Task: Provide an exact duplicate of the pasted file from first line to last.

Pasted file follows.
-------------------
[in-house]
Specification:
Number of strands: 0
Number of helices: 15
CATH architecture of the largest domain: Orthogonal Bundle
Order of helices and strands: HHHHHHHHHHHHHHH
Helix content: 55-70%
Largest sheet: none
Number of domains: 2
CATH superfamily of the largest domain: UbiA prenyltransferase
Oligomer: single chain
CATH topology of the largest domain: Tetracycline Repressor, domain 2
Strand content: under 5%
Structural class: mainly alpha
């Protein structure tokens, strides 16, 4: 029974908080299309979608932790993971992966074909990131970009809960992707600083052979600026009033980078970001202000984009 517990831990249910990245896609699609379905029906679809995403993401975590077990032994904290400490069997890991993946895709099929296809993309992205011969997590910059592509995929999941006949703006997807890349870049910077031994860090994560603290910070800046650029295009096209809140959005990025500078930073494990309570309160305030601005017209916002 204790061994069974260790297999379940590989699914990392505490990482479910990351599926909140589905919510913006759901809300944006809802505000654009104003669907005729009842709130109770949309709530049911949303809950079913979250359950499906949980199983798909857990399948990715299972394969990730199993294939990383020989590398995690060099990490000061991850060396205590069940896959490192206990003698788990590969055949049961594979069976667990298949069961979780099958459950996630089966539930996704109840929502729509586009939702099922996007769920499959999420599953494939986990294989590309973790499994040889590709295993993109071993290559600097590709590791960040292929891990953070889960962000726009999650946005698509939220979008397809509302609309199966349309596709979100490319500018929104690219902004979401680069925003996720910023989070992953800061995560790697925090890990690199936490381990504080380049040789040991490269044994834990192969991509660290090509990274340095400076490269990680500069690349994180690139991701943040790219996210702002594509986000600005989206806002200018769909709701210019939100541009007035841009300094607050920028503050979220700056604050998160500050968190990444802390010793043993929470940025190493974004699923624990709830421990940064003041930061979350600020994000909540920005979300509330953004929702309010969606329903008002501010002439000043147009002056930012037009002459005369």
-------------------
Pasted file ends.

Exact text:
[in-house]
Specification:
Number of strands: 0
Number of helices: 15
CATH architecture of the largest domain: Orthogonal Bundle
Order of helices and strands: HHHHHHHHHHHHHHH
Helix content: 55-70%
Largest sheet: none
Number of domains: 2
CATH superfamily of the largest domain: UbiA prenyltransferase
Oligomer: single chain
CATH topology of the largest domain: Tetracycline Repressor, domain 2
Strand content: under 5%
Structural class: mainly alpha
């Protein structure tokens, strides 16, 4: 029974908080299309979608932790993971992966074909990131970009809960992707600083052979600026009033980078970001202000984009 517990831990249910990245896609699609379905029906679809995403993401975590077990032994904290400490069997890991993946895709099929296809993309992205011969997590910059592509995929999941006949703006997807890349870049910077031994860090994560603290910070800046650029295009096209809140959005990025500078930073494990309570309160305030601005017209916002 204790061994069974260790297999379940590989699914990392505490990482479910990351599926909140589905919510913006759901809300944006809802505000654009104003669907005729009842709130109770949309709530049911949303809950079913979250359950499906949980199983798909857990399948990715299972394969990730199993294939990383020989590398995690060099990490000061991850060396205590069940896959490192206990003698788990590969055949049961594979069976667990298949069961979780099958459950996630089966539930996704109840929502729509586009939702099922996007769920499959999420599953494939986990294989590309973790499994040889590709295993993109071993290559600097590709590791960040292929891990953070889960962000726009999650946005698509939220979008397809509302609309199966349309596709979100490319500018929104690219902004979401680069925003996720910023989070992953800061995560790697925090890990690199936490381990504080380049040789040991490269044994834990192969991509660290090509990274340095400076490269990680500069690349994180690139991701943040790219996210702002594509986000600005989206806002200018769909709701210019939100541009007035841009300094607050920028503050979220700056604050998160500050968190990444802390010793043993929470940025190493974004699923624990709830421990940064003041930061979350600020994000909540920005979300509330953004929702309010969606329903008002501010002439000043147009002056930012037009002459005369």